Friday, June 17, 2005

Tests Show Non-English Speaking Children May Need More than One Year of Instruction

Research is quite conclusive that English language immersion for linguistic minority children is submersion. Massachusetts could have avoided these pitfalls by knowing about the experience of Mexicans in Texas. Texas is the site for this grand experiment of English-only. It was against the law to teach Spanish for the greater part of the last century. An important work in this regard is the award winning, recently published book, THE STRANGE CAREER OF BILINGUAL EDUCATION IN TEXAS, written by Texas A & M colleague, Carlos K. Blanton. What resulted from this experiment? Extreme academic failure from which the Mexican American community has never quite recovered. I don't mean to say that Mexicans haven't made progress, but rather that progress is a moving target with the gap with Anglos remaining relatively constant. As my other recent posts on assimilation and language suggest, we seem as a nation destined to always be repeating history primarily due to the structured ignorance of the powerful.


By Ken Maguire, Associated Press Writer | June 16, 2005

BOSTON --Most children who don't speak English as their first language may
need more than one year of English-only instruction before they move to regular
classrooms, according to test results released Thursday.

Voter-approved state law says those students should be sent to mainstream
classes after one year of "English immersion," but the first statewide test
results released since the law took effect in the fall of 2003 indicate most are
not ready.

State and federal laws require schools to assess the English proficiency of
all students who are identified as "limited English proficient" in nearly every
grade. They are tested for English skills in reading, writing, speaking and

About 31,000 of the state's nearly 50,000 LEP students were tested last fall
and again this spring.

Just 10 percent of first-year LEP students in grades three and four were
classified at the "transitioning" level -- basic fluency -- after the spring test.
Thirty percent of the second-year students in those grades were deemed fluent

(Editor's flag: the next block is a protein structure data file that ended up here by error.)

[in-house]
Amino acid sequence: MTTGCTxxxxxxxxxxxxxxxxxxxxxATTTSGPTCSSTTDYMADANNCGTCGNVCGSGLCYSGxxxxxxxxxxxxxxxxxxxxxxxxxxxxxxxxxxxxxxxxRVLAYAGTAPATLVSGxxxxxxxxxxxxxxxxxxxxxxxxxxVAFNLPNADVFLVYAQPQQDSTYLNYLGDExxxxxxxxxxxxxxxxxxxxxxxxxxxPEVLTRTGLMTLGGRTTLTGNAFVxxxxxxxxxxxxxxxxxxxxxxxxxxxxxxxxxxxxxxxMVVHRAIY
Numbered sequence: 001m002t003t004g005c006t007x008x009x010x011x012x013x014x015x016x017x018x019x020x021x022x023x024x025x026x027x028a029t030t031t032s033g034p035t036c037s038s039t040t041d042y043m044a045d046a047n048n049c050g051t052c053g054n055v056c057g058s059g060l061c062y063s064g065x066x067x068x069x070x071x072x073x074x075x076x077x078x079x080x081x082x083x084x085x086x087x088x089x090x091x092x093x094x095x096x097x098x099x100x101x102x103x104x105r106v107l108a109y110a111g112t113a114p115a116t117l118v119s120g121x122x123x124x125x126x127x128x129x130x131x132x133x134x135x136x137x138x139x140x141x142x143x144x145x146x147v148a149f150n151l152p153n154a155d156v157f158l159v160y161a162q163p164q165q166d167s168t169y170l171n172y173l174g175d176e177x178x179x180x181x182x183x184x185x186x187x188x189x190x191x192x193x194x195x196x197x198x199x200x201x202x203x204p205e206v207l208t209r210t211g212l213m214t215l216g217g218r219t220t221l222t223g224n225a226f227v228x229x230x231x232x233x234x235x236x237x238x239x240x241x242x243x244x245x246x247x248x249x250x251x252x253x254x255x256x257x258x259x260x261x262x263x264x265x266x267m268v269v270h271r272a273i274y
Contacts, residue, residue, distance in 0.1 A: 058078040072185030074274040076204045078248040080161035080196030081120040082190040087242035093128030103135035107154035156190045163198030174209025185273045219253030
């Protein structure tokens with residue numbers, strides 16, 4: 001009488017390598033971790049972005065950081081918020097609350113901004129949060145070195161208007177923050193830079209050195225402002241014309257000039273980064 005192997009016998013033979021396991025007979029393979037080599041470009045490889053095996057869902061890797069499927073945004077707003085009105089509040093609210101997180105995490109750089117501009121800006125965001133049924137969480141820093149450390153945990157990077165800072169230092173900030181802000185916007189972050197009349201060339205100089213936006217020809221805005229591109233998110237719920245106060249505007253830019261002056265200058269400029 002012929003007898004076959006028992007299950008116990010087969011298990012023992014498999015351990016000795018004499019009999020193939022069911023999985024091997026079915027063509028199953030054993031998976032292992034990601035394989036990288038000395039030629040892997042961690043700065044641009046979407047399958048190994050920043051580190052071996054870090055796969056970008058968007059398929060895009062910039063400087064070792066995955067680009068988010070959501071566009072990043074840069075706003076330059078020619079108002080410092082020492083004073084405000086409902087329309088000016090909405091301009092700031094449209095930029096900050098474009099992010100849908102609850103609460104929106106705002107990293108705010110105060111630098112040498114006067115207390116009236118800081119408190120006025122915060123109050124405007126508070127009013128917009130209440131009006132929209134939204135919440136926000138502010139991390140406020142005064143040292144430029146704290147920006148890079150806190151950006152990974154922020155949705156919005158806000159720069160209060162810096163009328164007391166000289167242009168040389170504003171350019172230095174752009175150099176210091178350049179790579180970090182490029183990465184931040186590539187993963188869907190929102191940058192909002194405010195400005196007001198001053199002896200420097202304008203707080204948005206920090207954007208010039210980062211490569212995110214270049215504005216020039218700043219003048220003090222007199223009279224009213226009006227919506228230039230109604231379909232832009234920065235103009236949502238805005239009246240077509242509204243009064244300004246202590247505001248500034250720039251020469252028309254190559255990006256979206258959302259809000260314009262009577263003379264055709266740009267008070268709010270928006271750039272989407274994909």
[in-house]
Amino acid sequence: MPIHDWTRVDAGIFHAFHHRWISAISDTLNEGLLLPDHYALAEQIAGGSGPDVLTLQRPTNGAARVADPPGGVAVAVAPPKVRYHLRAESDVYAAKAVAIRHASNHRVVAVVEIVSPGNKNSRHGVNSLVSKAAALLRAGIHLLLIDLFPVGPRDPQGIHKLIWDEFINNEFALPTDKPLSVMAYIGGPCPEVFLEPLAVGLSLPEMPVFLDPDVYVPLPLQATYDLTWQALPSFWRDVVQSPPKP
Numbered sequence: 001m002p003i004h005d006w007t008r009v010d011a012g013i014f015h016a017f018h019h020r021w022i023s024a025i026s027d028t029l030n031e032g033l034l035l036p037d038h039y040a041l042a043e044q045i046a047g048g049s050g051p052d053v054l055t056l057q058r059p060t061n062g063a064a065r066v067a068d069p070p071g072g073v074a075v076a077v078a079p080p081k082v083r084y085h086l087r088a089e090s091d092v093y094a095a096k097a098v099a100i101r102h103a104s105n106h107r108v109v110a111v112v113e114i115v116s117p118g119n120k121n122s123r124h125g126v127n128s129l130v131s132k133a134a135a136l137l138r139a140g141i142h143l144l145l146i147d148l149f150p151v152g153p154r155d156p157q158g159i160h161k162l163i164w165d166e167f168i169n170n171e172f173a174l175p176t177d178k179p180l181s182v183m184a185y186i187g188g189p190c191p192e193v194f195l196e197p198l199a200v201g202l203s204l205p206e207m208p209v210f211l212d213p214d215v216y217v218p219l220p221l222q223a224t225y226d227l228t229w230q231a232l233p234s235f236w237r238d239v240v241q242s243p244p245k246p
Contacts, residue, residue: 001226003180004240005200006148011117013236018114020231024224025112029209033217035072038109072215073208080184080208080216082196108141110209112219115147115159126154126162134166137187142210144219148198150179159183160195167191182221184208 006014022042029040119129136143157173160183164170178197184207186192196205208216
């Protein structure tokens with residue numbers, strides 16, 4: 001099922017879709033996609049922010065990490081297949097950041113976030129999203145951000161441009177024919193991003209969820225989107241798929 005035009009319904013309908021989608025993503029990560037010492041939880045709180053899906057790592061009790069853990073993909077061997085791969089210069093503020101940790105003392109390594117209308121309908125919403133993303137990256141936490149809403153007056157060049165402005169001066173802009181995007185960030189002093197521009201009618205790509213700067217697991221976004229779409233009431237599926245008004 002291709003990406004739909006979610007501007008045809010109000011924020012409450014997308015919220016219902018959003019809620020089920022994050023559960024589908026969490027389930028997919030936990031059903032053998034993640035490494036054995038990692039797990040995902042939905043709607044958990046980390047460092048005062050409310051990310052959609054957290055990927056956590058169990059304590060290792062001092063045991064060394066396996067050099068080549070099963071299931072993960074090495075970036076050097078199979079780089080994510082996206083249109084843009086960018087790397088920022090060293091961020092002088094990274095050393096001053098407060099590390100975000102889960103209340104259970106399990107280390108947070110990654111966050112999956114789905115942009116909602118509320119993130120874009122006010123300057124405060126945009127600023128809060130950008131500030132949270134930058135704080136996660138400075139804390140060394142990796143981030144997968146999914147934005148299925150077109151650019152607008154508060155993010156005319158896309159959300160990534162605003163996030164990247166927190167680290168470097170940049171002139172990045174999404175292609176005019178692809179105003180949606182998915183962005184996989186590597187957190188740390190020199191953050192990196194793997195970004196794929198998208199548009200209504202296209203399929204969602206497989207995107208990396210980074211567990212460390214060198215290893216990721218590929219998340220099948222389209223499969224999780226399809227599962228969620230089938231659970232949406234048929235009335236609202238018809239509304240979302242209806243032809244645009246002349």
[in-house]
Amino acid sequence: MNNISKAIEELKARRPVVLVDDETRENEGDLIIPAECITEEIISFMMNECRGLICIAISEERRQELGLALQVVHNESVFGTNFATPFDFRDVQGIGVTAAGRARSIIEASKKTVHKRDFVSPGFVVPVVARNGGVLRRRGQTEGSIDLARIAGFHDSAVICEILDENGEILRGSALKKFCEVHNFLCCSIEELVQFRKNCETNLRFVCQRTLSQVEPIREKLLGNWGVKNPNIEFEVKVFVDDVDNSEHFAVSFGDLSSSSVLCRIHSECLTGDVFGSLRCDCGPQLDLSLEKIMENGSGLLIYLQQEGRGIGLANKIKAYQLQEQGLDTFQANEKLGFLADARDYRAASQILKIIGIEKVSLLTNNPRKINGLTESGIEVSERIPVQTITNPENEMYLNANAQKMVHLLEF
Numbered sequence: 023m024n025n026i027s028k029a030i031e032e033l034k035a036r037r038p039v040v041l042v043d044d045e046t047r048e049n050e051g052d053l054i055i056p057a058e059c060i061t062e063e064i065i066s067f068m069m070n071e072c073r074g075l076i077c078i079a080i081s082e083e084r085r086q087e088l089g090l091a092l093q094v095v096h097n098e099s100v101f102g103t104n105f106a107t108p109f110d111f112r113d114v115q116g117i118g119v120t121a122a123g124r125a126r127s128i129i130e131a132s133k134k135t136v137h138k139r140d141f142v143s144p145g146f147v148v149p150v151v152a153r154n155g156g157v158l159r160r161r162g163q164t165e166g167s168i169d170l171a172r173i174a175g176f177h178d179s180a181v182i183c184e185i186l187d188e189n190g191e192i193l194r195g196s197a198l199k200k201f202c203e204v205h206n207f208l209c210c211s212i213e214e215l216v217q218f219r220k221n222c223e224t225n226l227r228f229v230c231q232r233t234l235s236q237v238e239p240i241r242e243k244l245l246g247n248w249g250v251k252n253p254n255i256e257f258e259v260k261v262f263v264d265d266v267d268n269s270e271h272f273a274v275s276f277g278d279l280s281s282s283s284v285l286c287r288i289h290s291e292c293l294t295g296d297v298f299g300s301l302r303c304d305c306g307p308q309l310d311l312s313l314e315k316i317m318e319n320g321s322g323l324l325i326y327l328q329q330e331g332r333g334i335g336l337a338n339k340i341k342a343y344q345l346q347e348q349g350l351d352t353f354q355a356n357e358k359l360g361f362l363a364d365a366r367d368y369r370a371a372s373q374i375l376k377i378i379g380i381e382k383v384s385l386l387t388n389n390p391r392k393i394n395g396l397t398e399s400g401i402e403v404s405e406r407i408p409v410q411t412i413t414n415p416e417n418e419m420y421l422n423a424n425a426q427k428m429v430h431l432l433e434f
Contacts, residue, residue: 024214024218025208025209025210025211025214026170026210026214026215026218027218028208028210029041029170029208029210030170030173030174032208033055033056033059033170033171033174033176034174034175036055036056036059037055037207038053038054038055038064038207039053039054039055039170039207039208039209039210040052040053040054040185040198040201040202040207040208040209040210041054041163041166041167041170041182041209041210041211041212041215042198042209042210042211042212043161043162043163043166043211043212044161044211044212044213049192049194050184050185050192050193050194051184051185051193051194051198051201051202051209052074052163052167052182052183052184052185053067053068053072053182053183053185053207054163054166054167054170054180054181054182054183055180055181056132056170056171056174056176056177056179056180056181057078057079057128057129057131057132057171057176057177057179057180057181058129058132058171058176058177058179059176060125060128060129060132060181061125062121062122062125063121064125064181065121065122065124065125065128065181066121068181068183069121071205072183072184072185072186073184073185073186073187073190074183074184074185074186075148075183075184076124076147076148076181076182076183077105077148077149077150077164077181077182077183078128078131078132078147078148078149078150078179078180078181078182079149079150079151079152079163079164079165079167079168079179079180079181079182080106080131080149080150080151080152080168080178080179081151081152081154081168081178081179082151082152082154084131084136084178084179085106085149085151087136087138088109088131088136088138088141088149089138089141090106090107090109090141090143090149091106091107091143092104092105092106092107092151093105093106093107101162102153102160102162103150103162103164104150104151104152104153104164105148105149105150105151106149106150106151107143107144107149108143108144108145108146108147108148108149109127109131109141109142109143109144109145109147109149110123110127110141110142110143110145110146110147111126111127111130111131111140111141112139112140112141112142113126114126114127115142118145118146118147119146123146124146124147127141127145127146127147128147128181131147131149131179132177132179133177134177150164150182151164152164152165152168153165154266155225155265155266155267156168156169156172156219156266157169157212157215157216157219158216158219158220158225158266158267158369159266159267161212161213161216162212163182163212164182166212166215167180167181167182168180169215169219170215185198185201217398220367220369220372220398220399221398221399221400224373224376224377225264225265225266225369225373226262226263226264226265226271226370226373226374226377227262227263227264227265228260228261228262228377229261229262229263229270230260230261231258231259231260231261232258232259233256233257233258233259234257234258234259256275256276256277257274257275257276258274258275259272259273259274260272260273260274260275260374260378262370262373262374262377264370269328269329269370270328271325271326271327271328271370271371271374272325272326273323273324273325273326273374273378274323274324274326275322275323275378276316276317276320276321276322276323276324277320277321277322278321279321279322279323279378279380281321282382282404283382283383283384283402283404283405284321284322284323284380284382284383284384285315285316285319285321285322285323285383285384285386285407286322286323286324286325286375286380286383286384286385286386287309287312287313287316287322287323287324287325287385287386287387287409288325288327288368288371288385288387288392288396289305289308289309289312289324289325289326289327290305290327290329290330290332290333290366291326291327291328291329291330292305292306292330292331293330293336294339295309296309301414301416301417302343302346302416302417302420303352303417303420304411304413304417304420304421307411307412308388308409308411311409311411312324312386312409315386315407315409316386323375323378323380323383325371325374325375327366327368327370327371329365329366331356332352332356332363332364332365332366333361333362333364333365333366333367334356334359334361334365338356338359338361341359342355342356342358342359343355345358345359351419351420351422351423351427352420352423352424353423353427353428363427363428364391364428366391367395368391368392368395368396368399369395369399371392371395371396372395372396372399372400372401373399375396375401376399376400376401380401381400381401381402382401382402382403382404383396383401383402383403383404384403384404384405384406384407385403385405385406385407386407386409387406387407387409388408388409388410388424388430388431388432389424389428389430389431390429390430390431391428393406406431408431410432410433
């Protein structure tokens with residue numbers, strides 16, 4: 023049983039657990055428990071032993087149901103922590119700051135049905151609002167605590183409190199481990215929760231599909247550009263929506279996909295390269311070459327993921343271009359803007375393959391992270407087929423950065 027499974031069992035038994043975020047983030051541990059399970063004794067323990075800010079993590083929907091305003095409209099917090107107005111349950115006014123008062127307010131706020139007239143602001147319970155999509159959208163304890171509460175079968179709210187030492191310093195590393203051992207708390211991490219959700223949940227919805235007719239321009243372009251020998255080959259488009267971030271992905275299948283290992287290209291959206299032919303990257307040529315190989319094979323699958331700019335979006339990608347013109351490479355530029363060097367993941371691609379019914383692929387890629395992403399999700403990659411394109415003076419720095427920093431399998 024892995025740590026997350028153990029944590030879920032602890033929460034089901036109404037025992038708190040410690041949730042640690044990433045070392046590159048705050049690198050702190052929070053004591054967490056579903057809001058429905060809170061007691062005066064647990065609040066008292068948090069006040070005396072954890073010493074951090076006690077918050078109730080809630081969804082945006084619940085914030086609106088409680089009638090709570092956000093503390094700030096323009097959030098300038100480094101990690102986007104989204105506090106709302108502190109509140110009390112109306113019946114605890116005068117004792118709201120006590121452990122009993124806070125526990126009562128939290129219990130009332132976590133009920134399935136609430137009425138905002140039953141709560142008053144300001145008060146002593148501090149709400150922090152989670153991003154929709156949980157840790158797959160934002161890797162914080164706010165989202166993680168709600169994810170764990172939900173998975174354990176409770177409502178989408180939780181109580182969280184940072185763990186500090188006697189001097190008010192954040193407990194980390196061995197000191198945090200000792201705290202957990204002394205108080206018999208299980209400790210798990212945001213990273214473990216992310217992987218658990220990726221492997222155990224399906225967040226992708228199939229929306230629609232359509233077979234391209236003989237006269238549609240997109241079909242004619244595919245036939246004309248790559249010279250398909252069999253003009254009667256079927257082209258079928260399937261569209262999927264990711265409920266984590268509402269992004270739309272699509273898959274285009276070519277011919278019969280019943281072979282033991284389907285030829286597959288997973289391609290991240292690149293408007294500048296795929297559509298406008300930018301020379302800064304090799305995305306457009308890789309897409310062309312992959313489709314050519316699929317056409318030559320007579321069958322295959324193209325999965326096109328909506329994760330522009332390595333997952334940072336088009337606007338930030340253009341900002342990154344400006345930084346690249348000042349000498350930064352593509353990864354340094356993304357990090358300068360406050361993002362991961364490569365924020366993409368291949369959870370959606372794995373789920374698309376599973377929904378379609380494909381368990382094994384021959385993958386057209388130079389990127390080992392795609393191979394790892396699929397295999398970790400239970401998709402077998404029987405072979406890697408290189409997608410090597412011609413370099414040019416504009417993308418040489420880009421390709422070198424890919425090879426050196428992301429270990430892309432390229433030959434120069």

and ready to be sent to mainstream classrooms.

Other grade levels were statistically similar, while high schoolers scored
higher after their first year (18 percent at basic fluency) and second year (28

The one-year-and-out law replaced the nation's first-ever bilingual education
program, which kept children in native-language instruction classrooms for
several years. Critics said these mostly urban, low-income children suffered in
the long term.

"There are some children who can transition in one year but those are
exceptional cases," said Jose M. Pinheiro, Brockton Public Schools' director of
bilingual education. "Students who have been here for three years do better than
the others."

State education Commissioner David Driscoll said he's not convinced the
one-year-and-out philosophy works.

"That bears some watching," he said. "I'm not sure where statistically how
true that is. Over time, hopefully we'll start to see the progress and we can
bring data to that question."

Driscoll said it's too soon, however, to draw conclusions.

"The reason that it's hard to talk about whether immersion is working versus
the old system is that we now have this strong system of standards and
assessments that we didn't have under the previous system."

Over time, he said, the immersion philosophy will prove to be more

"I think it's working. More kids are making progress," he said. "(But) We
don't have the data."

Not every child who took the fall test also took the spring test, but there's
"a pretty big overlap," said Kit Viator, the state Department of Educations's
director of student assessment.

Driscoll has said he won't force districts to move a child out of English
immersion at the end of a year, out of concern it may violate a child's federal
civil rights.

The mandated testing is just one measure -- grades and teacher observations
are others -- local districts use in determining whether to move a child into
regular classrooms. Districts are being encouraged to make those decisions this

Districts receive extra state and federal funds for the number of students
classified as LEP, Driscoll noted.

"The system ought to encourage movement," he said.

Silicon Valley millionaire Ron Unz, the financial force behind the ballot
initiative in Massachusetts -- and in California and Arizona -- criticized the
funding system.

"The schools get more money," he said. "If they move them into a regular
classroom, they get less money."

Unz said classifications aren't as important as academic results. Nearly 80
percent of LEP students passed the MCAS high school exit exam in 2004, for

Fifty-five percent of the state's LEP students speak Spanish as their first
language, followed by 9 percent speaking Portuguese. Khmer, Haitian Creole,
Vietnamese, Chinese, Cape Verdean, Russian and Arabic are among other first

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